Tuesday, February 28, 2012

read: Iron Lake (4 stars)

Iron Lake (Cork O'Connor, #1)Iron Lake by William Kent Krueger

My rating: 4 of 5 stars

Very solid mystery novel with elements of a thriller. The setting is a small, frozen town in the Northern corner of Minnesota in Winter and the author makes good use of it. Adding to the regional color are interesting characters and a dollop of Native American culture. The prose is smooth and solid.

The one weak point is the actual story, which remained oddly aloof for quite a while. Things were happening, but only in a vaguely mysterious and threatening way. Bodies were piling up with no actual clues about why. The dénouement felt a stitched together and the motivations of all a bit stereotypical. But that did not detract from this reader's emotional attachment to the characters and satisfaction with the resolution.

I look forward to reading more of the adventures of Cork O'Connor and the denizens of the Iron Range.

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Friday, February 17, 2012

read: The Ghost Brigades (4 stars)

The Ghost Brigades (Old Man's War, #2)The Ghost Brigades by John Scalzi

My rating: 4 of 5 stars

The only reason to allow someone to have this much fun writing a book is so that we can have almost as much fun reading it. I'm sure Mr. Scalzi would disabuse me of the notion that writing a 300+ page novel, and doing it with such skill, should be described using a word usually reserved for leisure and entertainment. But I kind of think he would also agree that creating a world where you can successfully sky dive from space in a unitard and immolate mosquitoes just by thinking about it does fit the definition of fun.

If you like your science fiction filled with mysteries, space ships, nanobots, alien worlds populated by actual aliens, mind transfers, and clones, all populated by intelligent and likable characters, you will like this book. There are a few spots where I caught the characters or narrator doing a science, politics, or philosophy info-dump. But these go by fairly quickly and aren't overly distracting from the actual storytelling.

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Sunday, February 12, 2012

read: The Alloy of Law (4 stars)

The Alloy of Law (Mistborn, #4)The Alloy of Law by Brandon Sanderson

My rating: 4 of 5 stars

I enjoyed this book so much, I am now in a bit of a quandary. Do I yield to the temptation to get my hands on the rest of Mr. Sanderson's vast output and read it (including, especially, the original Mistborn trilogy)? Or do I patiently work my way through the rest of my fiction backlog, allowing myself to pick up the occasional Sanderson tome.

I think I will do the latter, for tomes he does write, in multiple parts. Although this is not one of them. This is a fun, quirky, almost stand-alone thriller novel set in a steampunk, Wild West version of his Mistborn fantasy universe. With great art, the author manages to get the reader up to speed on as much magic and history as they need in order to follow the story. He does this with the story unfolding at full speed--a neat trick.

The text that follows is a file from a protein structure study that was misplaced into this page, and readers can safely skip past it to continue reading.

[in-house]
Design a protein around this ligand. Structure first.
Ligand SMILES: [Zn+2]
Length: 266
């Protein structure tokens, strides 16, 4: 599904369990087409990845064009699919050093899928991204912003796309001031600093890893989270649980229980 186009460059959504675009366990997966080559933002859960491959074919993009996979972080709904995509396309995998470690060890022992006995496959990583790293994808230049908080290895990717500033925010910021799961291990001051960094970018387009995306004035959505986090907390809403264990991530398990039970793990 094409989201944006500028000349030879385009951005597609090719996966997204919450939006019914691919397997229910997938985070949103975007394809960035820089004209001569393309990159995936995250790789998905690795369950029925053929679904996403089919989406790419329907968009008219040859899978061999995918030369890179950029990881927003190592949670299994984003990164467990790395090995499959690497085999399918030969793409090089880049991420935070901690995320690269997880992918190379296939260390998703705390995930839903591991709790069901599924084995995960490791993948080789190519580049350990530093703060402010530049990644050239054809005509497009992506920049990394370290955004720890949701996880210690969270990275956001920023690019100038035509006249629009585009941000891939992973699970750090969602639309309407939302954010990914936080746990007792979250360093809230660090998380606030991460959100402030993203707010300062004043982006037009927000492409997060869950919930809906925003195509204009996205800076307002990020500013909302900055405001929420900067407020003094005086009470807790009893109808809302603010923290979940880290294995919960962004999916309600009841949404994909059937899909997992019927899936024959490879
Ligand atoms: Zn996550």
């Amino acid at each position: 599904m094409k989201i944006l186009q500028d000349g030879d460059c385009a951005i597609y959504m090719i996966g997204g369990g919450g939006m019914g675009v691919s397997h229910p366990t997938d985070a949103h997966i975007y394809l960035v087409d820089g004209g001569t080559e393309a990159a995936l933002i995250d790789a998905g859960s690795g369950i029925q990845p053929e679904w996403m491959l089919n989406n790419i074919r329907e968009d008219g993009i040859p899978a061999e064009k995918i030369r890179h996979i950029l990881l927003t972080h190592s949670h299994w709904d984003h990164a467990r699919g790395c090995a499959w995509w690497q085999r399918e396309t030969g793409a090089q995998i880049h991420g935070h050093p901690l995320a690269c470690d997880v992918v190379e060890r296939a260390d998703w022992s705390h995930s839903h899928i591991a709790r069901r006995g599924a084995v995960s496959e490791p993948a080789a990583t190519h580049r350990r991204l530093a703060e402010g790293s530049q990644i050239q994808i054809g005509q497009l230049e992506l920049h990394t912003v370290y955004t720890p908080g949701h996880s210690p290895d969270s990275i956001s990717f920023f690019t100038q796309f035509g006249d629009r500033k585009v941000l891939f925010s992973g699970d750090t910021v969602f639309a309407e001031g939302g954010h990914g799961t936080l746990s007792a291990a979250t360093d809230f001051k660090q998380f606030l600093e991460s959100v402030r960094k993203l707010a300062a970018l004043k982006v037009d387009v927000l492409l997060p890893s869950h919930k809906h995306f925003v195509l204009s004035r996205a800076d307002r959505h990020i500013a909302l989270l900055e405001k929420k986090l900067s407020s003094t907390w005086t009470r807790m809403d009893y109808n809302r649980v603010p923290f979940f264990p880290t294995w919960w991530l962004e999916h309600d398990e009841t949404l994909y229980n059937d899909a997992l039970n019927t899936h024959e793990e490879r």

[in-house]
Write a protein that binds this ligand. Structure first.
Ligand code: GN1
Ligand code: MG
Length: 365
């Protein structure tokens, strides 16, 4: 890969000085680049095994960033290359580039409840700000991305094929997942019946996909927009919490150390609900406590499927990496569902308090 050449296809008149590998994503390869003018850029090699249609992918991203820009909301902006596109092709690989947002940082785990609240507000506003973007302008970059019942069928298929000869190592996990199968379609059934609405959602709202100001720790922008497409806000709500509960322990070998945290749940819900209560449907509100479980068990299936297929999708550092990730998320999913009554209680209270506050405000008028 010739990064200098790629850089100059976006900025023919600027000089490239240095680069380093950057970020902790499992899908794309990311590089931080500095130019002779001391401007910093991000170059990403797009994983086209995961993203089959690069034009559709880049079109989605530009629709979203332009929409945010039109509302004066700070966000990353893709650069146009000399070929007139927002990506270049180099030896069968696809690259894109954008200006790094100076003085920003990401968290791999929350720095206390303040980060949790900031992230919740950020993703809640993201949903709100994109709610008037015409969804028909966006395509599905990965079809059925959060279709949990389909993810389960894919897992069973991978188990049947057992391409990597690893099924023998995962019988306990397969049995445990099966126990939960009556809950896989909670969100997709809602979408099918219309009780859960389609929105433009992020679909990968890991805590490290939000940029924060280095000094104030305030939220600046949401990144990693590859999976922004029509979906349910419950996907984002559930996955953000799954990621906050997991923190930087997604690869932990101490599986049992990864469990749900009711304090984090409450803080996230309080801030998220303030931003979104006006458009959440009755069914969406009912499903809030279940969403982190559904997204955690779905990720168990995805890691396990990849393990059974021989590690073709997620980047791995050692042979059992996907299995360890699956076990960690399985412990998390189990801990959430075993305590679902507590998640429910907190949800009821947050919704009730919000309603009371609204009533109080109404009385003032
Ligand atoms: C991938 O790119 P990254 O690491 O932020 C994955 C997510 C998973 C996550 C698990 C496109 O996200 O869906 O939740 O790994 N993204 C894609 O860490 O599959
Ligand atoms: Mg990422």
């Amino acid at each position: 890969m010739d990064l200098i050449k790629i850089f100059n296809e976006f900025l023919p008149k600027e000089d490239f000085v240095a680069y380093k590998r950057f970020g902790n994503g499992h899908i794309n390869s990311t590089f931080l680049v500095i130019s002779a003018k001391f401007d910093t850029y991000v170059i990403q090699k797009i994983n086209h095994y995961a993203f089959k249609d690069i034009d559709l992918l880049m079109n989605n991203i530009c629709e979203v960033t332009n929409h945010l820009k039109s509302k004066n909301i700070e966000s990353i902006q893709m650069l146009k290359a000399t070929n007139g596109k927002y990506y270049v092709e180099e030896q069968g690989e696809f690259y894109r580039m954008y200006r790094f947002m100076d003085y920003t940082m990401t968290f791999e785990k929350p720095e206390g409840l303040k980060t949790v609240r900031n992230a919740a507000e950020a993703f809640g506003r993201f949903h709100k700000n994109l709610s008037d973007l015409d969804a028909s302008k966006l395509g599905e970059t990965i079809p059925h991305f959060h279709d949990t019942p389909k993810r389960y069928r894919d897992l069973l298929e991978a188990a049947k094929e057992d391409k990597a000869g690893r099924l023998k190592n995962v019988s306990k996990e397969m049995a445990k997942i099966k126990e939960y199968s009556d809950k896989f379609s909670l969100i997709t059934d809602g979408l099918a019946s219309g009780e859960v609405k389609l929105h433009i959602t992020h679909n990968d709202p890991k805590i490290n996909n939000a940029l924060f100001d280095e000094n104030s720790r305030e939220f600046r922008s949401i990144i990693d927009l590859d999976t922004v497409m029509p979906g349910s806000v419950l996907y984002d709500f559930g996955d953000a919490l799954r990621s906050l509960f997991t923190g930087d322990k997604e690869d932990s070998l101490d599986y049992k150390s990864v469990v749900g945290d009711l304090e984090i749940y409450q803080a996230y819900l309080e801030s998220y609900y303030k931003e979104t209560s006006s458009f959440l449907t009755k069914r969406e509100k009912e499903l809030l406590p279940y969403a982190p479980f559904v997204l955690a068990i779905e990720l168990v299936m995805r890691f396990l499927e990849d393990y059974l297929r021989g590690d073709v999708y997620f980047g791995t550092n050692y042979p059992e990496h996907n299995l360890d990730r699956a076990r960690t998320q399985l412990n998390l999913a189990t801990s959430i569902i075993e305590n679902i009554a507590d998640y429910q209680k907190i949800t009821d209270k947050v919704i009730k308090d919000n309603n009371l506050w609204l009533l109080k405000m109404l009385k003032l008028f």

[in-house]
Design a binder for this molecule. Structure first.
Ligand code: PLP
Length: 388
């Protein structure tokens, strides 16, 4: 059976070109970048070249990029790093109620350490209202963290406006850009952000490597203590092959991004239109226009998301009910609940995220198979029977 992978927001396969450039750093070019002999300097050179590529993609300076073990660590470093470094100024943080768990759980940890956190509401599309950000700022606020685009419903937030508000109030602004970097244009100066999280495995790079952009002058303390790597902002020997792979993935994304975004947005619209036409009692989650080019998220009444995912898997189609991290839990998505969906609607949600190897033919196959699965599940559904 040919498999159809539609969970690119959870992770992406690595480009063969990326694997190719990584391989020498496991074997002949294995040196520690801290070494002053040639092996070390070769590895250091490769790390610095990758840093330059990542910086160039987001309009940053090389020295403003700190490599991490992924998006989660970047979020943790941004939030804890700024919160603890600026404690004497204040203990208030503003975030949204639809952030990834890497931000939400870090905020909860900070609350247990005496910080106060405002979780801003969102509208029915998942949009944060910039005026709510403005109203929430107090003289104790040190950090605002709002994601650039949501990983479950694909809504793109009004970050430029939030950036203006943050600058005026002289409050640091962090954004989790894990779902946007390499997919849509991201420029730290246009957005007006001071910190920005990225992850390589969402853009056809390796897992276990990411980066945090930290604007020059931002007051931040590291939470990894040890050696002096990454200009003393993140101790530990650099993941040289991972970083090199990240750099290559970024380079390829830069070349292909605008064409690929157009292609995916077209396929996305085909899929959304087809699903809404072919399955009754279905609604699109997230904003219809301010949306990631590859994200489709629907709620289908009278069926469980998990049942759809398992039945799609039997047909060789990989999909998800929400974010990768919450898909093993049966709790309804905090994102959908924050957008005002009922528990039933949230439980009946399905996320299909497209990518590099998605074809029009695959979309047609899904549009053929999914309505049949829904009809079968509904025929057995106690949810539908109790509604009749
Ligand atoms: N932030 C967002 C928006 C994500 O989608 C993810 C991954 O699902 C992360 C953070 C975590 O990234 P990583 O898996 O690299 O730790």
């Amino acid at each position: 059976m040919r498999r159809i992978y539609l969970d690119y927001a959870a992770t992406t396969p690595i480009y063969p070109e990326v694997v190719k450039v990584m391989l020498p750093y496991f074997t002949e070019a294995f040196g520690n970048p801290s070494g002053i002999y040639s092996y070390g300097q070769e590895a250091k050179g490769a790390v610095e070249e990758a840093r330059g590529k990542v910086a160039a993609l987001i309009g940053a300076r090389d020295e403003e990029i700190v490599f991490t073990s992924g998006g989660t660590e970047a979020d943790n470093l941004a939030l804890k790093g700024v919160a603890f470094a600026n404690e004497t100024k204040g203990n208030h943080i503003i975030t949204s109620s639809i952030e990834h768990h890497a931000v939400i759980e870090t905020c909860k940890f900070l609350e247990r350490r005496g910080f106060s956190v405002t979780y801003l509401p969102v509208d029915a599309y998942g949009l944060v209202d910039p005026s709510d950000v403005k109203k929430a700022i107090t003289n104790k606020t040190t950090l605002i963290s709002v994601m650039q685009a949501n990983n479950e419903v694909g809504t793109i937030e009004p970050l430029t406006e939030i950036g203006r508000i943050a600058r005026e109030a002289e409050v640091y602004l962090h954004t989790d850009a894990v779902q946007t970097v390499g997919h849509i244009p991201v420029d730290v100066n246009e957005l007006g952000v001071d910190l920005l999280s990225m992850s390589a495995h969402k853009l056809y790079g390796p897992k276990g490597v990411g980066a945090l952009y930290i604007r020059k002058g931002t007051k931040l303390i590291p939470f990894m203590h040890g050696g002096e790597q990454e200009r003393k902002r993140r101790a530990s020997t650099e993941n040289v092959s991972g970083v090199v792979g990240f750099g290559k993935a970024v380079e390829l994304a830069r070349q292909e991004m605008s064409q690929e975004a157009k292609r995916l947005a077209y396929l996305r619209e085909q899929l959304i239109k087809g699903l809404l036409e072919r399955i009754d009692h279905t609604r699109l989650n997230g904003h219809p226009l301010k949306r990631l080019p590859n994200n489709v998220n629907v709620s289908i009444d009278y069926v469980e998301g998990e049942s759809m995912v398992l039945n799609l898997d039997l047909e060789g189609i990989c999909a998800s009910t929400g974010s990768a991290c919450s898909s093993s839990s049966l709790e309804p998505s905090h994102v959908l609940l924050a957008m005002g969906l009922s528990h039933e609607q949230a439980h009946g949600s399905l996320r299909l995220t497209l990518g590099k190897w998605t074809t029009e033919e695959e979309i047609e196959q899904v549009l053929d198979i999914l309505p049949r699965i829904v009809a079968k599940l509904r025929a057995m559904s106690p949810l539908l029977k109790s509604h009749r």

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Saturday, February 4, 2012

read: Canticle (2 stars)

Canticle (Psalms of Isaak, #2)Canticle by Ken Scholes

My rating: 2 of 5 stars

I'm not too happy with this series. There are aspects to it that are very attractive and make me want to read all the way through to the end. I think the author has created a fascinating world filled with fascinating characters and stories. I just wish that he would get out of the way and let the characters and stories come through.

One problem is that there are plenty of hints that there is a lot more going on than meets the eye, but very few of these hints get born out into fulfilled promises. Another problem with this book (that I don't remember from book one Antiphon) is that the fascinating characters spend too much time ruminating, instead of being fascinating. This slows things down even more.

My biggest issue, and I'm still deciding if this is insurmountable, is that there are too many logic problems with the world. This is supposed to be a big world, with many different peoples and thousands of years of history. Yet, they all speak pretty much the same language, using the same stale metaphors in both speaking and the aforementioned ruminating, using the same stagnated (lack of) technology. This cannot be. With that much history, there must be scientific and technological breakthroughs every now and again. There must be bigger cultural differences than the ones we have been shown.

And maybe that's the problem. The author doesn't want to show us. But if there has been some sort of brake put on advancement, at least give us more than a hint of it. Show us the real consequences. Show us the rebels. Show us this big world you've invented. I'm getting impatient.

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